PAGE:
21. The First-tier Tribunal was not easily impressed. It said that it had "very considerable reservations as to whether the [claimant's] attitude towards his offending has genuinely changed." It was however more impressed with the evidence of J T about his improved behaviour subsequent to his release. Nevertheless it was not persuaded that it had been given a complete picture about the claimant's attitude to drink.
22. The Tribunal was satisfied that J T was able to care for the children and so the claimant's circumstances were not assisted by paragraph 399(b) of HC 395. It concluded that the application could not succeed under the Rules.
23. In conducting the balancing exercise the Tribunal found the best interests of the children were to be with both parents and that it would be unreasonable to expect the older children to go to the claimant's home country. The best interests of the children lay in living in the United Kingdom with their parents. In the final paragraph the Tribunal said that it had:
"given significant weight to the public interest and doubts remain as to whether the [claimant] has genuinely changed. However, overall, and having regard to the prevention of disorder and crime, we find that the interference with the family life of the [claimant], [JT] and the three children of the family arising from the deportation of the [claimant] is sufficiently serious as to amount to a breach of the [claimant's] protected right to family life and the protected right of his family members to the enjoyment of family life under Article 8 of the European Convention on Human Rights."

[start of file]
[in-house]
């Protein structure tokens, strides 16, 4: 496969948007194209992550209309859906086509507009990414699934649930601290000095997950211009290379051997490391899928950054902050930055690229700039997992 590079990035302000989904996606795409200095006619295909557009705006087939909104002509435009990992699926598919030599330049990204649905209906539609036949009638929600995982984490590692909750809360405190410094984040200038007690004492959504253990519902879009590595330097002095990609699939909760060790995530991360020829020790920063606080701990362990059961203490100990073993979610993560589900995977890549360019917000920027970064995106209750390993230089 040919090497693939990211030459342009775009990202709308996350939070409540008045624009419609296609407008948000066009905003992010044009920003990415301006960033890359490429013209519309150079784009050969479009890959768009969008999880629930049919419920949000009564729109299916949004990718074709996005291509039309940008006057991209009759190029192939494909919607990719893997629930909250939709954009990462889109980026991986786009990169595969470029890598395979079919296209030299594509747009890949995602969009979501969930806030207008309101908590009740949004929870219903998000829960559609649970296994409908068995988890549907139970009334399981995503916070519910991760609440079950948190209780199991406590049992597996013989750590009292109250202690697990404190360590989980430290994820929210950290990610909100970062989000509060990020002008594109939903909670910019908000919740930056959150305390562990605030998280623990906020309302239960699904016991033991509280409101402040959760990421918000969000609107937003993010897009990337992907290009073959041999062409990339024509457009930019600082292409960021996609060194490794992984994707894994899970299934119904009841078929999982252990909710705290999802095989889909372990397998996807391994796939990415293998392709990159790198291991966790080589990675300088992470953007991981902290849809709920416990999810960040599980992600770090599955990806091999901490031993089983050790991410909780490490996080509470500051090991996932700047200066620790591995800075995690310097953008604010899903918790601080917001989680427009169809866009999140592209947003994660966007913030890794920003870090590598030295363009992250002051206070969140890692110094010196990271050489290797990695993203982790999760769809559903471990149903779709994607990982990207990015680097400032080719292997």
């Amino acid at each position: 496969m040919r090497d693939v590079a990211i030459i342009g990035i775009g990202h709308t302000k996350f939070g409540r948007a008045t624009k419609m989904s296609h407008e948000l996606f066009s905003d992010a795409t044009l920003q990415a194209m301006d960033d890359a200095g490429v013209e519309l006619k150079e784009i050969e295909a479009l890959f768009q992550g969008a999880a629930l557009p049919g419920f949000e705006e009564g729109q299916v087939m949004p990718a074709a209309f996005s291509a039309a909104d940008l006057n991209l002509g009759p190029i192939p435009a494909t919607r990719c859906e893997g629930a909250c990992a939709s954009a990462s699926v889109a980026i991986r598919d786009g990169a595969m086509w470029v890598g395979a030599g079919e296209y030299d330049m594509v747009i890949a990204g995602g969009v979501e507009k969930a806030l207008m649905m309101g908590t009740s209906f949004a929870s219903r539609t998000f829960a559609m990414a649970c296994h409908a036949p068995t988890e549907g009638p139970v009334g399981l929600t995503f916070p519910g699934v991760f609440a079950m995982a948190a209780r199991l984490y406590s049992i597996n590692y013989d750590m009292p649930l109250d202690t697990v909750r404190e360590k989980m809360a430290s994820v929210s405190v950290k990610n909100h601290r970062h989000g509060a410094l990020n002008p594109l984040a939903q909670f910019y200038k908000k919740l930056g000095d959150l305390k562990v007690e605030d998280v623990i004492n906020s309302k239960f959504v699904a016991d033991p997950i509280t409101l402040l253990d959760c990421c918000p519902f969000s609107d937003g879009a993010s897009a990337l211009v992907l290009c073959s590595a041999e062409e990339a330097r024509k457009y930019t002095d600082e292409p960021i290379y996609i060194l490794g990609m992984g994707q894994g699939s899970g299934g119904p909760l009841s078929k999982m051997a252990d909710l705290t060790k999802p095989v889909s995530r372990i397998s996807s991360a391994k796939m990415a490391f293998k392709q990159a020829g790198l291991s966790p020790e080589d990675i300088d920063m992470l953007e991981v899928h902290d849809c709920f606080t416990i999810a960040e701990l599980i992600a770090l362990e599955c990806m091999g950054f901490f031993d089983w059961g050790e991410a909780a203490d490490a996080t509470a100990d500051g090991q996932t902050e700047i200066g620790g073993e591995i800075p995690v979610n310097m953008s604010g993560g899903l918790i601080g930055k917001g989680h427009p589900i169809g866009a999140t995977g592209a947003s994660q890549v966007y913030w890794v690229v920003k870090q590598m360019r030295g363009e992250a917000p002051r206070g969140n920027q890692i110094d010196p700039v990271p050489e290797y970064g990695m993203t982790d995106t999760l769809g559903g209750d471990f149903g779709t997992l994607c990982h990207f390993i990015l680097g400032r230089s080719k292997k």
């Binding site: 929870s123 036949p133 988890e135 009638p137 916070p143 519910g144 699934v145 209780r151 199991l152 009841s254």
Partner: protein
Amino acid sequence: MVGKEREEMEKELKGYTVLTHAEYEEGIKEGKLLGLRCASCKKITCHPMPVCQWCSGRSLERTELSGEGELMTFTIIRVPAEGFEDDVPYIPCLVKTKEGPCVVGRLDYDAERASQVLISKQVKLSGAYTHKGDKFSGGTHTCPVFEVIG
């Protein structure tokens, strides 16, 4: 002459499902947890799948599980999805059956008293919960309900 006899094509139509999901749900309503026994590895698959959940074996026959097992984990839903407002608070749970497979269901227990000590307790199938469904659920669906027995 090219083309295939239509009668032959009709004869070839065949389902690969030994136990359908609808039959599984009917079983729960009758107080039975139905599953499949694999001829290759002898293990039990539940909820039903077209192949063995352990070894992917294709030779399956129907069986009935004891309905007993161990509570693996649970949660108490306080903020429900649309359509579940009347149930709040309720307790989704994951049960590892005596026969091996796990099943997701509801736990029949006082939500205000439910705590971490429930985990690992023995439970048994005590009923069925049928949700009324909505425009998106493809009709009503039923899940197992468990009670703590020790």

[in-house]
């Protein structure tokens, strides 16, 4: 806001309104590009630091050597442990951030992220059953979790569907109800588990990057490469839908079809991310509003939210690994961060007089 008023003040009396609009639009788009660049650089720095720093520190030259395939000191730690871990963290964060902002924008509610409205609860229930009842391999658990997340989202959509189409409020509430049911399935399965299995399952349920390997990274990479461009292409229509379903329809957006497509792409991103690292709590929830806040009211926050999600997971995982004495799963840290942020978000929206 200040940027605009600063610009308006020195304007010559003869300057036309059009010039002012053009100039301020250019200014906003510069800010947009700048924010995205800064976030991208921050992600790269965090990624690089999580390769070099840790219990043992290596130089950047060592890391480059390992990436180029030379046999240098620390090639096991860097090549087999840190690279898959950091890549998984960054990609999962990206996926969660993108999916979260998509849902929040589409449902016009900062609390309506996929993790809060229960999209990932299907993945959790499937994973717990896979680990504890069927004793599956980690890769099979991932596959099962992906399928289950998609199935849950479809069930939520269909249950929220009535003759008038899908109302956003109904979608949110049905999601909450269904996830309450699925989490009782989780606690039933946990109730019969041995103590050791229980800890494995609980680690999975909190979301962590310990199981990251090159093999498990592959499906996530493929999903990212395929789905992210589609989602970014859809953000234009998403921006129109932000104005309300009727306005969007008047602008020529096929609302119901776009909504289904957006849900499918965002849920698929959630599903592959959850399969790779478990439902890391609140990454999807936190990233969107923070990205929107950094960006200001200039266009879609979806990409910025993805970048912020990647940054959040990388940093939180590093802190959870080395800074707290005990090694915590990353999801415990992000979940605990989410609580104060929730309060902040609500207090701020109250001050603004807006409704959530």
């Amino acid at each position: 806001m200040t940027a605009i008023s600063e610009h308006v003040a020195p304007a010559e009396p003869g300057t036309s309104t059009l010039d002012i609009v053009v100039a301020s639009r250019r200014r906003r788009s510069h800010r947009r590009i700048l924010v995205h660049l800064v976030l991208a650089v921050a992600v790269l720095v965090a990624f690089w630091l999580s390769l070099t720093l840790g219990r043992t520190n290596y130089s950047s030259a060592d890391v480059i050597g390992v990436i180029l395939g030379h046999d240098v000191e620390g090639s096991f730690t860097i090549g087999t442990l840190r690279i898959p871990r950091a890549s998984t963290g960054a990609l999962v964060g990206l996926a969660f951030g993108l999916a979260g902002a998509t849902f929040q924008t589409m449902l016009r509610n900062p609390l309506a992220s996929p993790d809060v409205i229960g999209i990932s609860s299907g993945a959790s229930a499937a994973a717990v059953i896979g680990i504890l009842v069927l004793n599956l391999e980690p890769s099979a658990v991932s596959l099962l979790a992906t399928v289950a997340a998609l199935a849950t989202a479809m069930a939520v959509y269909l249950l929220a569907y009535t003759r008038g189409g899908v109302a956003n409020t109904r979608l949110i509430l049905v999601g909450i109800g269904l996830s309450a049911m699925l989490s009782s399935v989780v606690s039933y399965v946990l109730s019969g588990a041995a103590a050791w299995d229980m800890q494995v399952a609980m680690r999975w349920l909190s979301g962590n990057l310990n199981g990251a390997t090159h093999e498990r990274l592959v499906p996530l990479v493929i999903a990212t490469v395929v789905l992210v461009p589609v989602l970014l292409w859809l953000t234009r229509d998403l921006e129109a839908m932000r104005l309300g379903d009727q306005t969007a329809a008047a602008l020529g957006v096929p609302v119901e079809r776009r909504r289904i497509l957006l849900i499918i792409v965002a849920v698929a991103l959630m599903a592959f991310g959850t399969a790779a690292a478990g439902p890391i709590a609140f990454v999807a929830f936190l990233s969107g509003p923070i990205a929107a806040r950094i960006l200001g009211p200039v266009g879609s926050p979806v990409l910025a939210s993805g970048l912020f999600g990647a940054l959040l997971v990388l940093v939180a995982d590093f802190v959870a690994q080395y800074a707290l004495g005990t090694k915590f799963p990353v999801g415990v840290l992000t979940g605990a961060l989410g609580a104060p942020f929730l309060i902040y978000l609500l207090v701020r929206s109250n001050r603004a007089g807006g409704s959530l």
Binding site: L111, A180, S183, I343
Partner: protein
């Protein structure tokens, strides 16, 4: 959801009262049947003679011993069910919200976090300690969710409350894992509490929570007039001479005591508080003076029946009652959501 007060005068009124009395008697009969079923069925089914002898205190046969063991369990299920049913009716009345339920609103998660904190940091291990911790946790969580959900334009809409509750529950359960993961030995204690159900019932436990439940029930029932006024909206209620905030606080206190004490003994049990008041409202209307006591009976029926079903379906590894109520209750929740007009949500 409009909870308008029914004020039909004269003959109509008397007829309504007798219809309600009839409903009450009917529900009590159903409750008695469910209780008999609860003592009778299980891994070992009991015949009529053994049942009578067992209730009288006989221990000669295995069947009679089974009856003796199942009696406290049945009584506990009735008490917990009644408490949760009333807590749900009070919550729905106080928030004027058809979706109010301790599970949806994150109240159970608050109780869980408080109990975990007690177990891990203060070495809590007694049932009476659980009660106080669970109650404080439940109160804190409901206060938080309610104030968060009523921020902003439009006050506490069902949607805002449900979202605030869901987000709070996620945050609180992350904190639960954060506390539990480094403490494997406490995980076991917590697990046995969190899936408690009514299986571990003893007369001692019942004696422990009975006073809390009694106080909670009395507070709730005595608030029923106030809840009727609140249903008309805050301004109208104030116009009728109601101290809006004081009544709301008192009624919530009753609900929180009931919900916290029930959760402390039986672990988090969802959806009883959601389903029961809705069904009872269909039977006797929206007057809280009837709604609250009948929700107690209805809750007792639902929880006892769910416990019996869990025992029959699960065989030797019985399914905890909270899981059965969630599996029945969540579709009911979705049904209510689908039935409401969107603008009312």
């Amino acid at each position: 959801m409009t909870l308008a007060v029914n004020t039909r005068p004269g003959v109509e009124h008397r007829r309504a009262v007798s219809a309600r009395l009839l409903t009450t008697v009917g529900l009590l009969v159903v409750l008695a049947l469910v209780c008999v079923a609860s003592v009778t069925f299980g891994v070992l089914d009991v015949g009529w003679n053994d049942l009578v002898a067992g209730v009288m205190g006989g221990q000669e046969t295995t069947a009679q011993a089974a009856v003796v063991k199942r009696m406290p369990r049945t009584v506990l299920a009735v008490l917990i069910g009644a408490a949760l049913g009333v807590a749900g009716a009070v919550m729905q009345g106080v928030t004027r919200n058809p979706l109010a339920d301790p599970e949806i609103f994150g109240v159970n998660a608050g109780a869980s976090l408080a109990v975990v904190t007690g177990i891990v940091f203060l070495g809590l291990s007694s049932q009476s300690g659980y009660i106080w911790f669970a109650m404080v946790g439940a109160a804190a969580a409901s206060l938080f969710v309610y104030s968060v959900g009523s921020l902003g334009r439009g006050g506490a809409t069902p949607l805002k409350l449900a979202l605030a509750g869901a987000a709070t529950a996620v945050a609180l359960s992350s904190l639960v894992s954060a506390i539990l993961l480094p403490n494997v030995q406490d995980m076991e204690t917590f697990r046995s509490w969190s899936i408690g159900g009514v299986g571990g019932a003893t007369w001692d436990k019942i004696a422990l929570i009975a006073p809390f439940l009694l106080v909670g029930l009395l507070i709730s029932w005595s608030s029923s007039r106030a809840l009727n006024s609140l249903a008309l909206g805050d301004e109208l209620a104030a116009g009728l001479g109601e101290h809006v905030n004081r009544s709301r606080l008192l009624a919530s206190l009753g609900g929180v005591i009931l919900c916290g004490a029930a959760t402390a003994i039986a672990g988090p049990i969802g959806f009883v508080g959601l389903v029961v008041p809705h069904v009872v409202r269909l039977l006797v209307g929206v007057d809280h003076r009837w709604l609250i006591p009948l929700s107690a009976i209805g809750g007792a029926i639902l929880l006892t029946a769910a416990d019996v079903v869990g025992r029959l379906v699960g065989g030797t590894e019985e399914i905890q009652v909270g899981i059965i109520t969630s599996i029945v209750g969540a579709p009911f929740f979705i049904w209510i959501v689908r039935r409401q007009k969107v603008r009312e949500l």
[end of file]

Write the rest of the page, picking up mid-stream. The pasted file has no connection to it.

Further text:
24. Given the Tribunal's findings it may have been better to have allowed the appeal with reference to paragraph 398 of HC 395 because there were exceptional circumstances so that the public interest in deportation is outweighed by other factors but the Tribunal clearly allowed the appeal because it was satisfied that the effect of deportation on removal would be disproportionate to the public interest in removing the claimant.
25. The Secretary of State's grounds of appeal to the Upper Tribunal essentially make three points. They complain that the First-tier Tribunal wrongly followed MF (Nigeria) [2012] UKUT 00393 (IAC). They complains that the Tribunal should not have regarded the Rules as a starting point before conducting a jurisprudentially-based Article 8 assessment but should have asked itself in the exceptional circumstances to allow the appeal under the Rules if the appeal would not otherwise be allowed under the Rules and the complain that insufficient regard was given to the public interest. They also complain generally that the reasoning is inadequate.
26. There is also a complaint there was no finding about the risk of re-offending.
27. Mrs Gwashawanhu produced a skeleton argument.
28. She submitted it was perfectly plain that the First-tier Tribunal was satisfied that the claimant had changed his ways. Although unimpressed with the claimant's evidence they were more impressed with J T's evidence about the claimant's change of attitude after his release from prison. The Tribunal had not produced figures alleging a percentage risk of re-offending but there was clear evidence before the Tribunal which the Tribunal had clearly accepted that the claimant was a changed man and there was no basis to criticise them for ignoring the risk of re-offending.
29. She drew attention to the decision MF (Nigeria) v SSHD [2013] EWCA Civ 1192 CA. Paragraph 45 in particular makes it plain that a proportionality test applied properly outside the new Rules or within the new Rules should not make a difference to the outcome.